And being honest and saying, you know what, don't let this happen again. And sharing not only my victories but my, you know, my, my failures as well. So, uh, yeah. And I think that's why I'm still around. I Dunno, maybe, I dunno, some correlation going on there with honest readers and the longevity of the careers. Well, I mean, um, I think that you know, I may be tooting my own horn here, but I think that the majority, anybody that would Google home and get Geckos are Marcia McGuinness would find a whole lot of stuff. But I don't think that they would find very many things that are, you know, negative. Um, you know, I'm honest and I'd be, I never misrepresented anything knowingly or, or anything like that. I do want to, I do want to mention one thing that I did that wasn't one of my finer moments in customer service. Um, and it's actually kind of funny now. It wasn't at the time, but you know, I


had a bow type line that was very, very prolific and on, in, in, in, um, oh, you know, there was a great demand for them. And, uh, so there was another breeder, uh, that was, you know, therapy typically where w I mean he was well known and whatever. And so he wanted to, um, buy mine both sides if a group of my bowls stripes and wanted to know the price. So I, I gave him the price and he did that. He didn't like that one bit. He was like, that's ridiculous that you know, I mean, and I said, well, okay, but that's what their price is. And you know, if you can do better than that, then go for it. That's fine with me. I don't, I don't, you know, I, it's not like they won't sell or, or anything. Right. So, so anyway, after a couple of days, he came back and he said, I'll offer you this amount, will you set that? And I said I'm sorry. No.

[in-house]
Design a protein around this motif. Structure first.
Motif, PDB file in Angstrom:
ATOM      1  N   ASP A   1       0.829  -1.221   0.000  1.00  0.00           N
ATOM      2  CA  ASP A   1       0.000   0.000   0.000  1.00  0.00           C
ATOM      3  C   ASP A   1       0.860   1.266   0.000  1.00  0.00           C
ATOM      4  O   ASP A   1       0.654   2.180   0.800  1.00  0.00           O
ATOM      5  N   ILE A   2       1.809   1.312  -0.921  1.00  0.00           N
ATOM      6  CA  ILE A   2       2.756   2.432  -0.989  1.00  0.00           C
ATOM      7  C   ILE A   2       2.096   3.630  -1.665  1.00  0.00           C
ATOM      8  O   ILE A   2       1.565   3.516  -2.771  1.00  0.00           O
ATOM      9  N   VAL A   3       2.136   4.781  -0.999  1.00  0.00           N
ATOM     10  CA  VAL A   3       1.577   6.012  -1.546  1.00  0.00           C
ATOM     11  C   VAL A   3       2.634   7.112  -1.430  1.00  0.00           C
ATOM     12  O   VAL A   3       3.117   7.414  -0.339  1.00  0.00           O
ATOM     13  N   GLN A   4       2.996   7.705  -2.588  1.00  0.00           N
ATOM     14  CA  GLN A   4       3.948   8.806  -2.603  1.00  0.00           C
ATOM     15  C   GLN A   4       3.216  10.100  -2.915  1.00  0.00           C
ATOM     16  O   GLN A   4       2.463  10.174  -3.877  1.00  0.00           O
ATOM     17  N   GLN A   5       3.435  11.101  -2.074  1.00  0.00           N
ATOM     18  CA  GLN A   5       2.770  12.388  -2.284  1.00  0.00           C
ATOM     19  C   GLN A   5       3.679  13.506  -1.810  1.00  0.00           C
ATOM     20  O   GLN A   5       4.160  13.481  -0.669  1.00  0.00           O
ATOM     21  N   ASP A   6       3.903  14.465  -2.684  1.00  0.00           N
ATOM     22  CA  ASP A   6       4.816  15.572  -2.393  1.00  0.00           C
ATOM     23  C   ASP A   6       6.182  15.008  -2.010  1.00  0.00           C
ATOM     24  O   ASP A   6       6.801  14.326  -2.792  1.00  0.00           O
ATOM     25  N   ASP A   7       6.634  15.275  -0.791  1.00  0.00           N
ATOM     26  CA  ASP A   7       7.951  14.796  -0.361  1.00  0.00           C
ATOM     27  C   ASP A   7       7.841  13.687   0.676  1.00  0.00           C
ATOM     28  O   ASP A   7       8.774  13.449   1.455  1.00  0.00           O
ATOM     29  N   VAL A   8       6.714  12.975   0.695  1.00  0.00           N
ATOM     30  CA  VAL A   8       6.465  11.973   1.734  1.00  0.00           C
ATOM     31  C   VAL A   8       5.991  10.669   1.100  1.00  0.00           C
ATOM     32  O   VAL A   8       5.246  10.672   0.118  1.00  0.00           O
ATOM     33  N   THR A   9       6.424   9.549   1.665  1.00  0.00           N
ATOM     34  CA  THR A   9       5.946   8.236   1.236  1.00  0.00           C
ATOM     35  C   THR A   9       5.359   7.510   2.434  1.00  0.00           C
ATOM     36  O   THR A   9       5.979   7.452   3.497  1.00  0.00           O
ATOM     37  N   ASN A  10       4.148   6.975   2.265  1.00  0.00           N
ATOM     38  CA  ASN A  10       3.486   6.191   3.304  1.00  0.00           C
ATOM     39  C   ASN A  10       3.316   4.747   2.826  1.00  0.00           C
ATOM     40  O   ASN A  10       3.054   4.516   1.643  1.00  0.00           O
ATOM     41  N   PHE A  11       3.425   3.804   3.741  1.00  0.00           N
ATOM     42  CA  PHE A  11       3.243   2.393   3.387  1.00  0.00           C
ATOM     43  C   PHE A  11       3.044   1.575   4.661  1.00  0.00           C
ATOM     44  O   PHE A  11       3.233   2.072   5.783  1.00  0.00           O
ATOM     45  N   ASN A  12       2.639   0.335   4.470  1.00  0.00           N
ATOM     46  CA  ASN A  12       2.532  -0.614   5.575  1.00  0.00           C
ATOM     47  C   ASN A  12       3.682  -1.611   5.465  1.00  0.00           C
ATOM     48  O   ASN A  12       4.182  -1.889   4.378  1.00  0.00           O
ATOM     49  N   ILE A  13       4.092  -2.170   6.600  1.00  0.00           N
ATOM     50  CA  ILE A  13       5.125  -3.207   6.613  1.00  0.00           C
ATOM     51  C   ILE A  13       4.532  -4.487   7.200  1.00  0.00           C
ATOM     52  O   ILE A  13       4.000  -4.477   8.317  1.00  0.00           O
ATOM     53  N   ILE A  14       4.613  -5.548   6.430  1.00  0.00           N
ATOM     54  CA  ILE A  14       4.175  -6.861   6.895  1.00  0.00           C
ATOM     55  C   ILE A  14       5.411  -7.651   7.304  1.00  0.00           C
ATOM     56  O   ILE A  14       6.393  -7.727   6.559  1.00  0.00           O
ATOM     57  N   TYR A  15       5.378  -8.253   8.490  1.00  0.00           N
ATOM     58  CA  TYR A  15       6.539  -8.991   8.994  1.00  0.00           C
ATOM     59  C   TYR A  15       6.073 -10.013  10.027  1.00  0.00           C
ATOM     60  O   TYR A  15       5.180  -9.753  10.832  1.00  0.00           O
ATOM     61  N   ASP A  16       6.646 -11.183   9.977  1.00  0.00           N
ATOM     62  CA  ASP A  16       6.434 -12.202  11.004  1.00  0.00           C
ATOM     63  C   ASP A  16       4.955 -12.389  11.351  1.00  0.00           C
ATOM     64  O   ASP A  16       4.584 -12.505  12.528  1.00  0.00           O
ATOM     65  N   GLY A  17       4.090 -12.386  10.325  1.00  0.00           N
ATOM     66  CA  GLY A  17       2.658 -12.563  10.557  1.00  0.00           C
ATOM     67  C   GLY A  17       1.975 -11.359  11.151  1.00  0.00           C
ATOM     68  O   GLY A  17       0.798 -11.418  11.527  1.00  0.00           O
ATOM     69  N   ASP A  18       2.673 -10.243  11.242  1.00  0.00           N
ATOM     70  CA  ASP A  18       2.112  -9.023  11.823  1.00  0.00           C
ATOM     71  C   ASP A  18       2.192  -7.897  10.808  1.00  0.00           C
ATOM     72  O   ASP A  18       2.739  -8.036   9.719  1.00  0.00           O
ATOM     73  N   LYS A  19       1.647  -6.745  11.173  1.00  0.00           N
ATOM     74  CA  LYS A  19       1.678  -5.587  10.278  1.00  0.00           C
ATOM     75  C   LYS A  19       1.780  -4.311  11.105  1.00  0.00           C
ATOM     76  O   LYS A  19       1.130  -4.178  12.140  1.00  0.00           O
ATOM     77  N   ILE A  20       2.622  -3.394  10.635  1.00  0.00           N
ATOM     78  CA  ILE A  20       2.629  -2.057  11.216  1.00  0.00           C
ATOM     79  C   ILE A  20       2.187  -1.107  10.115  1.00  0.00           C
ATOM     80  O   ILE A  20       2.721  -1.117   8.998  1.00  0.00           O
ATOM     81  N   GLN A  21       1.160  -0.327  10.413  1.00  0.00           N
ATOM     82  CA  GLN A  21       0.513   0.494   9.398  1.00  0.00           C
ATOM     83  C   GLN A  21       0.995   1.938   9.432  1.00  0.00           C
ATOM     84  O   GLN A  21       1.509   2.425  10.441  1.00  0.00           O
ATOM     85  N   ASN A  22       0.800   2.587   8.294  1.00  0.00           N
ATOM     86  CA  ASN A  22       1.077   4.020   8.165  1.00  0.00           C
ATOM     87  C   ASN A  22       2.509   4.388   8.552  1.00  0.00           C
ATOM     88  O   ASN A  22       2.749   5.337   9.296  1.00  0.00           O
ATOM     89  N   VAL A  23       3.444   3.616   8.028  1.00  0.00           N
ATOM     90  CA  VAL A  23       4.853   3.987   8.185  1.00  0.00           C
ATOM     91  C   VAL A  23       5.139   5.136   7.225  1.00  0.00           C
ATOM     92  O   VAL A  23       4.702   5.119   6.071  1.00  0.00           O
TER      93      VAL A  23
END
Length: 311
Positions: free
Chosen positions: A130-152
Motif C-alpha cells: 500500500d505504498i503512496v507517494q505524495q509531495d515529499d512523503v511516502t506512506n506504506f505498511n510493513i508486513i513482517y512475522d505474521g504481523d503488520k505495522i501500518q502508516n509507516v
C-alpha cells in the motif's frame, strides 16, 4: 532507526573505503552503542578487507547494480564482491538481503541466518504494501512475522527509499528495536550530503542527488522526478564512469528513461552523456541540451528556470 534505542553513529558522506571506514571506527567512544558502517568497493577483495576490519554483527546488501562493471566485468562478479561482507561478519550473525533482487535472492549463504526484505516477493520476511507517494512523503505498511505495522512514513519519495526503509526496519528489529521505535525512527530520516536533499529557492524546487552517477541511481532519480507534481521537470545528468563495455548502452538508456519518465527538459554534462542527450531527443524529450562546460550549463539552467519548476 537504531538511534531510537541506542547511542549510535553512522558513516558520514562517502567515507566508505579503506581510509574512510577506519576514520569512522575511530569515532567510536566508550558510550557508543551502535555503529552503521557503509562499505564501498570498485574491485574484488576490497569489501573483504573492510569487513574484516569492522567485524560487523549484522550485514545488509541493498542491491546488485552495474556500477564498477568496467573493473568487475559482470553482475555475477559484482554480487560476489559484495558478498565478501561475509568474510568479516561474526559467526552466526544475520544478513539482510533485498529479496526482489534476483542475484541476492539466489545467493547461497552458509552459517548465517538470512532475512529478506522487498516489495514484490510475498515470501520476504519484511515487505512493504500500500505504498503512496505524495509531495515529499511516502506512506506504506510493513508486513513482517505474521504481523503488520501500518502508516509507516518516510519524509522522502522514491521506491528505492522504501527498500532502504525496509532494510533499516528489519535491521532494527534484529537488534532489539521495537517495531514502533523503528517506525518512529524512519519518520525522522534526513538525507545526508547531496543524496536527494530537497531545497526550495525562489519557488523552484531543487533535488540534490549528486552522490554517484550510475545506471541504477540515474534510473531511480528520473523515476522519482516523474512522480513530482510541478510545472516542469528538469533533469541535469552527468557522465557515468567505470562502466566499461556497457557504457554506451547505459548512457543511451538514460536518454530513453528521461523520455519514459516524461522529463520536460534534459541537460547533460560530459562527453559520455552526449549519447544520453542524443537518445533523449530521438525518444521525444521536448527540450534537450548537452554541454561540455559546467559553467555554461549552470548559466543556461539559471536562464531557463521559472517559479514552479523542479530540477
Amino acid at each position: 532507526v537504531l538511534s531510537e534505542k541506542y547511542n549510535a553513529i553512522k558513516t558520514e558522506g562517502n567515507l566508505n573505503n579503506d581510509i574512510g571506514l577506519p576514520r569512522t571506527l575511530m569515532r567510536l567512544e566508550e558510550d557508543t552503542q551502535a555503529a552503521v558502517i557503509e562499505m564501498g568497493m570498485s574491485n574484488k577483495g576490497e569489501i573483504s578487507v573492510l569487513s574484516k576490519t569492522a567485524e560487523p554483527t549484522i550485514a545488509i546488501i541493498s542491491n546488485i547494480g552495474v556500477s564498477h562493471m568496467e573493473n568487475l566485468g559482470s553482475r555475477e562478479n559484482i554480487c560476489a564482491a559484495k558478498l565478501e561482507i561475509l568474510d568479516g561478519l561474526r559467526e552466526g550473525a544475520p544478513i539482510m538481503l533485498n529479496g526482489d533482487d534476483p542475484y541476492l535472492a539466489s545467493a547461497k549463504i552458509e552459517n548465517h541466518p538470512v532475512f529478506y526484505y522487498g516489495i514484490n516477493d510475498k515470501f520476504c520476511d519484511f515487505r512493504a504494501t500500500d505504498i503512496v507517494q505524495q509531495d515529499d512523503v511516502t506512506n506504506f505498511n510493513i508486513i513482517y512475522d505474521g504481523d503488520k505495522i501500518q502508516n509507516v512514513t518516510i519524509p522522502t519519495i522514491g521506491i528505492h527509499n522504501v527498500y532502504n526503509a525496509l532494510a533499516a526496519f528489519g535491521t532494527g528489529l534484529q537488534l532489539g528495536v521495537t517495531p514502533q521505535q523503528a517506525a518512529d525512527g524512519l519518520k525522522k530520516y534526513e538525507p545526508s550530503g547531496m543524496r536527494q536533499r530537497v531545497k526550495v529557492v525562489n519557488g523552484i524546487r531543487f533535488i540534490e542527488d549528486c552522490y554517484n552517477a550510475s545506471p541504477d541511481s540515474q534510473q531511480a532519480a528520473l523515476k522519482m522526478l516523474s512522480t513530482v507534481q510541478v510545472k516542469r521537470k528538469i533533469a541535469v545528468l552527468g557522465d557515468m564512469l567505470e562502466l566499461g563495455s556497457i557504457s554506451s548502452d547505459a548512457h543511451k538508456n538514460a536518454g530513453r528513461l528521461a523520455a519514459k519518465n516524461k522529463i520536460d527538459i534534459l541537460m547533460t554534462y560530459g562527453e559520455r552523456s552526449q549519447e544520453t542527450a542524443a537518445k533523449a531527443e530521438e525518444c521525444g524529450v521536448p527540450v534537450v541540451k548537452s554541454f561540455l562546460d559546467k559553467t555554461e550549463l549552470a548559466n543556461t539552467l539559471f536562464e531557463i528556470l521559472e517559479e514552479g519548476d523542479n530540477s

Okay.


Uh, I'm not going to do that. I don't, and I don't appreciate being low balled and my Geckos are worth everything. And if anything, I underprice them, you know? And so then we kind of bickering back and forth and I just said, luck, you know what, uh, you know, this is going nowhere. I'm, I'm not gonna, you know, I'm not gonna, you know, compromise my, you know, my line or my reputation over money. And I think that I'm, um, I think that I'm perfectly warranted and fair in the pricing on them. So then, okay, I won't go on and on and on. The story went on for about a week. Anyway, he sent me pictures, uh, two beautiful bolts that females that he got from somebody else for half the price of what I was charging for mine. And he wanted a male


yeah.


For me. And I said, okay, this is this price. This is the price. And so, anyway, um, um, he said, well, you know, that's just an, and I said, look, you're, you know, congratulations on finding some beautiful bolt's stride at a better price so you shouldn't have any trouble finding a male.


Okay.


So it went on and on. And then after a while, he finally broke down and said, okay, this is the male that I want from you and I will meet your price. Uh, eh, or no, this is what I'm going to offer. And I said, okay, I don't meet your offer.


Okay.


Can we use language on this?


Sure. It's your episode. You could do whatever you'd like.


I said,


okay, I'll get into you for the price that, you know, the higher price that you offered me. I said, but I am going to have to tack on a 100% assholes surcharge. Wow. Which brings it up to the original price. He flipped out, oh my gosh, I'm going to report you here and there. I'm going to take you down. I'm going to do all this and you know, all these threats. And I said, you know what if she did, you know that that's the way it is. And so that wasn't one of my finer moments for sure, because he had just like pushed me to the point of going, you know what? This is getting crazy here. And, but yeah, I mean he was just being, he was actually bullying me and stuff and I just went, okay. So I, I, I kind of shot him down. So he had somebody, he had somebody else by the mail for him.